* The second fantasy sequence in ''Film/SuckerPunch'' takes place in a World War I inspired setting - where the girls must combat German soldiers that have been resurrected by steam punk technology. Blondie and Rocket also have steam punk themed costumes.

[[folder:Live-Action TV]]
* ''Series/{{Castle}}'' had an episode set in a steampunk-themed club, and Castle went all-out getting into the part. The episode in question is held up as one of the few mainstream shows who [[ShownTheirWork got steampunk right,]] and was the result of an open challenge after the... less than stellar use of it in ''[=NCIS:LA=]'' mentioned below.
* ''Series/DoctorWho'':
** The Christmas special episode "The Next Doctor" (set in 1851) had elements of this, including a [[HumongousMecha hundred-foot high]] steampunk Cyber-King.
*** "Deep Breath", set in Victorian England some time after "The Next Doctor", had steampunk clockwork cyborgs.
** "The Girl In The Fireplace" had clockwork robots in GorgeousPeriodDress. Beautiful and NightmareFuel in one package.
** The Eighth Doctor's ''[[SceneryPorn ridiculously sexy]]'' new steampunk TARDIS [[http://www.bbc.co.uk/doctorwho/classic/gallery/tvmovie/images/1024/dw50.html interior]] from the 1996 TV movie.
** Also the design of Eleven's TARDIS has a few steam punk nods.
** The wooden Victorian-style TARDIS console room used in Season 14 of the original show looks pretty steampunk nowadays as well.
** The 2010 Christmas Special, "A Christmas Carol," had strong steampunk elements as well.
** "The Evil of the Daleks" had a definite steampunk feel. Or would have done, if the 1967 audience had known about steampunk.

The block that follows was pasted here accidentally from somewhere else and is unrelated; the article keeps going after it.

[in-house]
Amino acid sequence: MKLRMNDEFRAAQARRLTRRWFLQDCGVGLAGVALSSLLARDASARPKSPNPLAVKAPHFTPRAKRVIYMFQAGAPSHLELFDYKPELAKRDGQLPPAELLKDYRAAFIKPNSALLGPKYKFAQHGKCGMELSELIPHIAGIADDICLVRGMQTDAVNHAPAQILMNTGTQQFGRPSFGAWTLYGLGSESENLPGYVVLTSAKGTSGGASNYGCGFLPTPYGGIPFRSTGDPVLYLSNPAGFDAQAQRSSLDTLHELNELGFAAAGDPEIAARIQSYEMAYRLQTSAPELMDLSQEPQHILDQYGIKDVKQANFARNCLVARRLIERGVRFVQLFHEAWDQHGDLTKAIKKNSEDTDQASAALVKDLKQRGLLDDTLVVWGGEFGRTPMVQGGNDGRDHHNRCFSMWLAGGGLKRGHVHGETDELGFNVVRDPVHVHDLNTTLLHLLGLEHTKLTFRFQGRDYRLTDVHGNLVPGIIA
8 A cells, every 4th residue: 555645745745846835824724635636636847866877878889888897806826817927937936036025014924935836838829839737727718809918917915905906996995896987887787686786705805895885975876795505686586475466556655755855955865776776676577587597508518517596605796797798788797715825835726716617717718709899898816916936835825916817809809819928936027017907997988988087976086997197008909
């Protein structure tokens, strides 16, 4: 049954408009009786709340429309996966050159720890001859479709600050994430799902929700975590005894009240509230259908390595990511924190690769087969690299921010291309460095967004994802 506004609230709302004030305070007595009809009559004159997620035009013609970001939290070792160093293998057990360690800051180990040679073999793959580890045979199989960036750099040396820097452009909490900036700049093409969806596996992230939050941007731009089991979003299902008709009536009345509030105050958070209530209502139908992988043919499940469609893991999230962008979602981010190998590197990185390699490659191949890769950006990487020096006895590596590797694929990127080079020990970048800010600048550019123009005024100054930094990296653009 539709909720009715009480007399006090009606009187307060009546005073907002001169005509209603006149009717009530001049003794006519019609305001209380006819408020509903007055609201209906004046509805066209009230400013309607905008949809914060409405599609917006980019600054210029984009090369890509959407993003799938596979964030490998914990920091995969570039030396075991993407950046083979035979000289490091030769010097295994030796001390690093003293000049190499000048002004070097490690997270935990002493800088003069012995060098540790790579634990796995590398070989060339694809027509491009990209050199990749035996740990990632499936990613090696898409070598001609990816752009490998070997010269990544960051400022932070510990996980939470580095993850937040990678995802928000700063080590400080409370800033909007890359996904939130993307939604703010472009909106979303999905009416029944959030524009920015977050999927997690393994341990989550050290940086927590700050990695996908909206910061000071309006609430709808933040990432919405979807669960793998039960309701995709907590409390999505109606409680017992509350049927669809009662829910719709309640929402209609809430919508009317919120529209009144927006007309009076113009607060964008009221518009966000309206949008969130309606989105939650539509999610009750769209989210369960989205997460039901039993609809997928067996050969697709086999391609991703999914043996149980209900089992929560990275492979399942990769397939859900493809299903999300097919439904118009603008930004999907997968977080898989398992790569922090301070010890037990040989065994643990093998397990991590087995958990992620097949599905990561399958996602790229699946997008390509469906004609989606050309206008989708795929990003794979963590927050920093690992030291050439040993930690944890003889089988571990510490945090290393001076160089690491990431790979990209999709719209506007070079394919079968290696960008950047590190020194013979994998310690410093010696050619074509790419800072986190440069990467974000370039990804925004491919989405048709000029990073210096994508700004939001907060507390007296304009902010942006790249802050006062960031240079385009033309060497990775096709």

* ''Series/{{Firefly}}'', while not ''strictly'' steampunk, does contain a lot of steampunk themes (mixing 19th century aesthetics with sci-fi elements and storylines) as well as steampunk character types such as the Wrench Wench, and went a long way toward popularizing the genre.
* ''{{Series/Fringe}}'': The episode "Brown Betty" has steampunk and SchizoTech designs throughout the episode. Although the episode was more DieselPunk as a whole.
* ''Series/LanternCity'' takes place in an entirely steampunk parallel world.
* ''Series/{{Legend}}'' had a genius inventor character who created all manner of steampunk gear, but the world at large didn't have it.
* ''Series/NCISLosAngeles'': In one episode, Abby goes to a "steampunk bar." But the steampunks are really just {{goth}}s wearing brown, they all act rude [[TheQuincyPunk like punks are expected to act]] and their vocabulary is laced with words borrowed from ''Literature/HarryPotter''.
* The short-lived (six episodes) series '{{Series/QED}}'' showed an american inventor, played by Sam Waterston, coming to Edwardian Great Britain and having adventures there.
* ''Series/{{Revolution}}'': The Georgia Federation has reverted to this full-stop, converting buses and agricultural machinery to steam power in response to the loss of electricity. Miles notes that their standard of living is substantially higher than that of the Monroe Republic at least partly as a result ("[[Recap/RevolutionS1E14TheNightTheLightsWentOutInGeorgia The Night the Lights Went Out in Georgia]]").
* ''Series/TheSecretAdventuresOfJulesVerne'' is a steampunk series on the Sci-Fi Channel set in the [[VictorianLondon Victorian era]].
* ''Series/StargateAtlantis'':
** In one episode, Col. Sheppard and Dr. [=McKay=] have been playing an {{RTS}} game they had found on the station, where they each built up and controlled neighboring countries. At least, they ''thought'' it was a game, until they finds a planet with countries built up exactly like they had specified. Dr. [=McKay=]'s country is fully steampunk, with leather and brass, goggles, steam power and dirigibles.